Malaysian actress Mira Filzah apologized on Twitter yesterday after she was called out for cultural appropriation for putting on traditional Indian attire in a photo shoot promoting contact lenses.
The 27-year-old, whose real name is Nur Amirah Filzah, wowed her fans three days ago after posting photos and videos of herself in lehenga and adorned in gold jewelry with henna tattoos. She also angered others for appropriating Indian culture, especially for a campaign that had nothing to do with it.
“I am sorry if what I did was wrong,” the actress replied a tweet that labeled her a “cultural appropriation queen.”
The Sangkar actress describes herself as a huge Bollywood fan and that it was her first time being dressed in full lehenga.
“I’ve grown up with Bollywood movies and songs and I’ve always been a fan of Bollywood since (I was) small. I was so excited as this is going to be my first time wearing a full set lehenga with accessories! Again, there’s no intention at all to gain any profit on my own from the Indian culture itself. I’m just a die-hard fan of Bollywood and I am sorry if you think what I did was wrong.”
Hi dear. I am sorry if what I did was wrong. I’ve grown up with Bollywood movies and songs and I’ve always been a fan of Bollywood since small. You just name it. 😍 I even memorise all the lyrics and googled the lyrics translation just to understand the song deeply.
— MIRA FILZAH (@MFMiraFilzah) August 20, 2020
Twitter user @Desgranpa pointed out that the Bollywood theme was “unnecessary” as the collaboration had nothing to do with the Indian community.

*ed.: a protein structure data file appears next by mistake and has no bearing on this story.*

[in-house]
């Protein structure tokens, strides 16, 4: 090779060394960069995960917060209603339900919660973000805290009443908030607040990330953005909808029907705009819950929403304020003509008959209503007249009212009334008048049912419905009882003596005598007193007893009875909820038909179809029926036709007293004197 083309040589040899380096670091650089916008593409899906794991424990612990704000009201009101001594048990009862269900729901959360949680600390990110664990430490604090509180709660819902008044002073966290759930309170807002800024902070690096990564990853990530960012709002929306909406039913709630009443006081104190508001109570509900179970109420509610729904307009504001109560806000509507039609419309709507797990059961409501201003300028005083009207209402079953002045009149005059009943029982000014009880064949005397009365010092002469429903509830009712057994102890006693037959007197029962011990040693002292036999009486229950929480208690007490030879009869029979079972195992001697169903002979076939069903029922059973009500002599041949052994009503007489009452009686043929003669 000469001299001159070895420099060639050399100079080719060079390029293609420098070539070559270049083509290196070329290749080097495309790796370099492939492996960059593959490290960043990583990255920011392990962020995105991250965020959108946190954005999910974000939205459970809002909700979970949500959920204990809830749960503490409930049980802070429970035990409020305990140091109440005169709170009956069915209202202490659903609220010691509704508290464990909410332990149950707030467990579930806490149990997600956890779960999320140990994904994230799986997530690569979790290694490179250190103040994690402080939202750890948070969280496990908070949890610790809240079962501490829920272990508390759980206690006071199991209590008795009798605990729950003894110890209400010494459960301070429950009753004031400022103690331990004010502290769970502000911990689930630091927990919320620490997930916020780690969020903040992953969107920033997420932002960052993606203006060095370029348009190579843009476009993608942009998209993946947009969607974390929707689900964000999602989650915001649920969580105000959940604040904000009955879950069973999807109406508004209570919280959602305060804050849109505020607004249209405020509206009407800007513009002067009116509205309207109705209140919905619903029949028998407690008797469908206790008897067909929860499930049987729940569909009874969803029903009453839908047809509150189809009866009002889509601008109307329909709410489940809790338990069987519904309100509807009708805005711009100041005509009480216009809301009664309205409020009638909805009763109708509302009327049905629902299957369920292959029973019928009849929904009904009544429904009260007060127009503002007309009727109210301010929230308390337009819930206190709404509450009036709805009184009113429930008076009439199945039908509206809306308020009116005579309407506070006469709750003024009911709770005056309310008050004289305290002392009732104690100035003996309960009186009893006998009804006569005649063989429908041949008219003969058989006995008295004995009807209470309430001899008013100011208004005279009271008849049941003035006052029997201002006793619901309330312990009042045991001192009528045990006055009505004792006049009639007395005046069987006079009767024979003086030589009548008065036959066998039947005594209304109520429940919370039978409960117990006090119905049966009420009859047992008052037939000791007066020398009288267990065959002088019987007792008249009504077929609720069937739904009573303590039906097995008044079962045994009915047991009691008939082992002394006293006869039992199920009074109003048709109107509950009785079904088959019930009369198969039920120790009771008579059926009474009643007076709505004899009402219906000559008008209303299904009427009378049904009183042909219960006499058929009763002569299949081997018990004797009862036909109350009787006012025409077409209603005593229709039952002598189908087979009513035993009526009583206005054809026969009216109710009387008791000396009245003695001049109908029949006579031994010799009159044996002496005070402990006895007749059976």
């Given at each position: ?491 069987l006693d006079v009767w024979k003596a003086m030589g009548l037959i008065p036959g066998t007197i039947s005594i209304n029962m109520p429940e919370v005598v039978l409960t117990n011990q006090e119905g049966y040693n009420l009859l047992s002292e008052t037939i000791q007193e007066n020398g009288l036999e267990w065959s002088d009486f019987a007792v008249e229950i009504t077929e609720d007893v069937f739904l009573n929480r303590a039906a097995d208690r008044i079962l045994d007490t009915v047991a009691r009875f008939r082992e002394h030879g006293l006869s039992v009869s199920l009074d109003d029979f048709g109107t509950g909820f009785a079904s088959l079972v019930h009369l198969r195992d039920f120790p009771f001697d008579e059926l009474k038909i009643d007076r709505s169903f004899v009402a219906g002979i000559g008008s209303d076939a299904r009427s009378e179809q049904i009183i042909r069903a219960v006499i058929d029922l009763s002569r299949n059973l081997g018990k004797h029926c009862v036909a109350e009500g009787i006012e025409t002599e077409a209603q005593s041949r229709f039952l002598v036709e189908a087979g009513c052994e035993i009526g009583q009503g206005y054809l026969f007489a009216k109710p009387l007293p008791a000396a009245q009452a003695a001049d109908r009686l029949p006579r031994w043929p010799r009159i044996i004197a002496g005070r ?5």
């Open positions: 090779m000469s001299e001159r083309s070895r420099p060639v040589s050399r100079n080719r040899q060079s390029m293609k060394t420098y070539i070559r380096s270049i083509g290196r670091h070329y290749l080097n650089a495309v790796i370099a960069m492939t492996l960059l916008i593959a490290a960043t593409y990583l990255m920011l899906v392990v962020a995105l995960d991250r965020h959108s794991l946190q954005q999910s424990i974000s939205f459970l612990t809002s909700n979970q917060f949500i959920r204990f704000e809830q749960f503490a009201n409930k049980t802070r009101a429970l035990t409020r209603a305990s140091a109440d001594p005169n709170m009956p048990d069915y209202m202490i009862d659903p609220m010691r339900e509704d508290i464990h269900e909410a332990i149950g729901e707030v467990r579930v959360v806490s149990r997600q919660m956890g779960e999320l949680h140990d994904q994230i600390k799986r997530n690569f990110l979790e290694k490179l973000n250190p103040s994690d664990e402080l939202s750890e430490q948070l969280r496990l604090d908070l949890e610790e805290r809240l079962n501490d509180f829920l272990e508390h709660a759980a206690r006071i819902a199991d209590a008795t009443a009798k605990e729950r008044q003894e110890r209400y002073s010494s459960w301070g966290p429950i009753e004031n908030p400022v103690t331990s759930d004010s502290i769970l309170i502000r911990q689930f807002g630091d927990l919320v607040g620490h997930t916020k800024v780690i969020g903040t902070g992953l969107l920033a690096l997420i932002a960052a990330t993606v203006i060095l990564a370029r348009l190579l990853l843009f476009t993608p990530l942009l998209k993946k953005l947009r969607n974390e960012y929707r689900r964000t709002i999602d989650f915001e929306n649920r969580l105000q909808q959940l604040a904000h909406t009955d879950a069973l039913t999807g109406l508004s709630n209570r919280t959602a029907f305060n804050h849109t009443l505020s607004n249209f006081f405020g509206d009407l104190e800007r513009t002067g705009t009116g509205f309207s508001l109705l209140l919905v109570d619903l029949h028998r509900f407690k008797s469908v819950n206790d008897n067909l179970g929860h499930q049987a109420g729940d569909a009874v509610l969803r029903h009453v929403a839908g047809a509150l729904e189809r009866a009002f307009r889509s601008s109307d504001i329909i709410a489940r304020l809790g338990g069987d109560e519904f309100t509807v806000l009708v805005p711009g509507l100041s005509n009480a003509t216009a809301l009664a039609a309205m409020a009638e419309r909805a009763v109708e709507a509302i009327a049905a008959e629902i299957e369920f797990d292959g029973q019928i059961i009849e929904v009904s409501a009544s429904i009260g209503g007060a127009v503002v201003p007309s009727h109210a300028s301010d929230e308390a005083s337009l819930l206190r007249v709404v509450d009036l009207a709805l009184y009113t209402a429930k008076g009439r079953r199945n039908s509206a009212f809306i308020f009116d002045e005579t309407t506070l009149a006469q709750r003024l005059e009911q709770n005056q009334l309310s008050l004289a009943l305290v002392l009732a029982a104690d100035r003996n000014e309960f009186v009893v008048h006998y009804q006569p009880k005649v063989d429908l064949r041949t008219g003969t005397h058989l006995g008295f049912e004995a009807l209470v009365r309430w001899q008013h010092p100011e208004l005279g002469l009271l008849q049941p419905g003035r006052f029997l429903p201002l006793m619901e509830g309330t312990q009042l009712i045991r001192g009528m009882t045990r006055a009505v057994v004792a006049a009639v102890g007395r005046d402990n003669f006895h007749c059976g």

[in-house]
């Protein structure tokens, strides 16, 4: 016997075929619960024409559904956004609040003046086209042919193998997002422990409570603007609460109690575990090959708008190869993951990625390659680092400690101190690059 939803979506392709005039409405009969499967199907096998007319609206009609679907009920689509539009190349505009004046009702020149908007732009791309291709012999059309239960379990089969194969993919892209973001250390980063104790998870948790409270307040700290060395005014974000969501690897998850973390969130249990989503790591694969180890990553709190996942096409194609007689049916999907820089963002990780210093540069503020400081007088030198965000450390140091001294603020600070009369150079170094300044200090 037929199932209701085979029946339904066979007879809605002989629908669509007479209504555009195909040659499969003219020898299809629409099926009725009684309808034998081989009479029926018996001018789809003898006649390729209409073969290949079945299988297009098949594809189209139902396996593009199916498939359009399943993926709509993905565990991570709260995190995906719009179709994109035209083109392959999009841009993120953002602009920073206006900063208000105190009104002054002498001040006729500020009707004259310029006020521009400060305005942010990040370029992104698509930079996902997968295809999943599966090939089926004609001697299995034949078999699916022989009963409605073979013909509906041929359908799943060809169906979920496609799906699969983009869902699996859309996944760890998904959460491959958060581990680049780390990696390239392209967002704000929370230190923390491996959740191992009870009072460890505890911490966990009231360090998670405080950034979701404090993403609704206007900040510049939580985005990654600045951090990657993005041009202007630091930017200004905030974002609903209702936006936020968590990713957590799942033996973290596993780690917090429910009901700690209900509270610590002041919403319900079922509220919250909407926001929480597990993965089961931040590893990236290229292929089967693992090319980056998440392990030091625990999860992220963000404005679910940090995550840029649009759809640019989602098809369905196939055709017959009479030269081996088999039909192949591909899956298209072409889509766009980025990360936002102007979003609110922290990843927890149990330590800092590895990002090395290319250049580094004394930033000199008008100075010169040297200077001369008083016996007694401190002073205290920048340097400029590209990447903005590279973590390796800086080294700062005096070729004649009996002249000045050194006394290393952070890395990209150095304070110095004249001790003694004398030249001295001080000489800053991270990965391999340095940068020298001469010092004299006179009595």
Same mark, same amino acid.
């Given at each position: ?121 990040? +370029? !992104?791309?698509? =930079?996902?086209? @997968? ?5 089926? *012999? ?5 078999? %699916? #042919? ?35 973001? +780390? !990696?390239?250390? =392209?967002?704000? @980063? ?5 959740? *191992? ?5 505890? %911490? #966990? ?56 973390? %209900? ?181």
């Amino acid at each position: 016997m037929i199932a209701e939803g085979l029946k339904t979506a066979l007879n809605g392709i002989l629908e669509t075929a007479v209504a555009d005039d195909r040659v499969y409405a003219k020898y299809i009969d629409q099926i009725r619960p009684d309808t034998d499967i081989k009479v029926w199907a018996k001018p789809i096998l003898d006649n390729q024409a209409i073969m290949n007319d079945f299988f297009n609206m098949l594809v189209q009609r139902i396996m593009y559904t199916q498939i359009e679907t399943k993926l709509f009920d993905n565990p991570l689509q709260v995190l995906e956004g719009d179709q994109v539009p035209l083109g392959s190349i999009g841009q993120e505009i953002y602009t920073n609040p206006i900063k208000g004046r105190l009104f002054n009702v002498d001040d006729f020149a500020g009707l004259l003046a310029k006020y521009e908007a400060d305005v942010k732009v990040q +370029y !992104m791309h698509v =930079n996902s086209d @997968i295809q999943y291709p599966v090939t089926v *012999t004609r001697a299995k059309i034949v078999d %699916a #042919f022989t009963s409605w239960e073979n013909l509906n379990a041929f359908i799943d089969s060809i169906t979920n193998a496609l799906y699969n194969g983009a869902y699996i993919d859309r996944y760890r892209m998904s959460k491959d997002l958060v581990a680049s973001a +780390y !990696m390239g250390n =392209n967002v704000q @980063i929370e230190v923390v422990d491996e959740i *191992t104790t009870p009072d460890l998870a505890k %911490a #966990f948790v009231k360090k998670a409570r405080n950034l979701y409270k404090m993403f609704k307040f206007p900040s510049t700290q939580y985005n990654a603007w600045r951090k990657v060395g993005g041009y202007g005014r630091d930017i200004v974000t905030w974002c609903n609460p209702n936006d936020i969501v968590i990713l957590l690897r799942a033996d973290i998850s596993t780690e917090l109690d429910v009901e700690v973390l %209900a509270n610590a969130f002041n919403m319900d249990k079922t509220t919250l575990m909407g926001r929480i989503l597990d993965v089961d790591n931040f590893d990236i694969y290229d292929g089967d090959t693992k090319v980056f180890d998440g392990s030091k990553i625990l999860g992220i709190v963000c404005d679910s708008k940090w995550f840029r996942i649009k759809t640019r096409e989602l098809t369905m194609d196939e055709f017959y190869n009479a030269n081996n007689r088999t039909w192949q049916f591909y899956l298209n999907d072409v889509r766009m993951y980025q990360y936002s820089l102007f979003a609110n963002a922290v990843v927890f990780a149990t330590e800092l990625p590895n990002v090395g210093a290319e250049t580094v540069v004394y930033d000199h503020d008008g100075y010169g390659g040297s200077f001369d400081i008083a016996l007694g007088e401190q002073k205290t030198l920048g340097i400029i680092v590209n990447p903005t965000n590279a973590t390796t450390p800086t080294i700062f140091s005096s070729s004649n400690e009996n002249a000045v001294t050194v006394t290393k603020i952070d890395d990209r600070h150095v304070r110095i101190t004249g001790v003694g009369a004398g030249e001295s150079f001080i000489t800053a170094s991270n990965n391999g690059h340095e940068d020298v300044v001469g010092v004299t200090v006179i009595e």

“Mira Filzah was appropriating our tradition to advertise contact lenses, something that has no correlation whatsoever to the desi community. It was so unnecessary,” he wrote in a tweet.
Another said that it was problematic if the people who supported Amirah in traditional Indian attire do not share the same praise to actual Indian women wearing them.
“All I know is that if you saw her wearing Indian cultural clothing and thought ‘Oh she’s looks beautiful’ but think the opposite when an actual Indian wears the same thing, we’re gonna have a problem,” Twitter user @HelloItsAuni said.
There were also those who saw nothing wrong with what Amirah did. Some said that it was common for Malaysians of different races to celebrate each other’s cultures, including non-Malay-Muslim fashion designers Bernard Chandran and Melinda Looi, who produce Hari Raya collections each year.
“Bernard Chandran and Melinda Looi design Baju Melayu every year to BENEFIT off from MY CULTURE for their businesses and IT’S OKAY. In fact, they’re doing it better than some Malay designers. We are Malaysians and have harmoniously exchange cultures for years!” Twitter user @Badrulamin_14 wrote.
Other stories to check out:
Fast. Funny. Digital. We produce creativity that delights and influences customers. Join forces with us to slay buzzwords, rise above the noise, and sow the seeds of something great.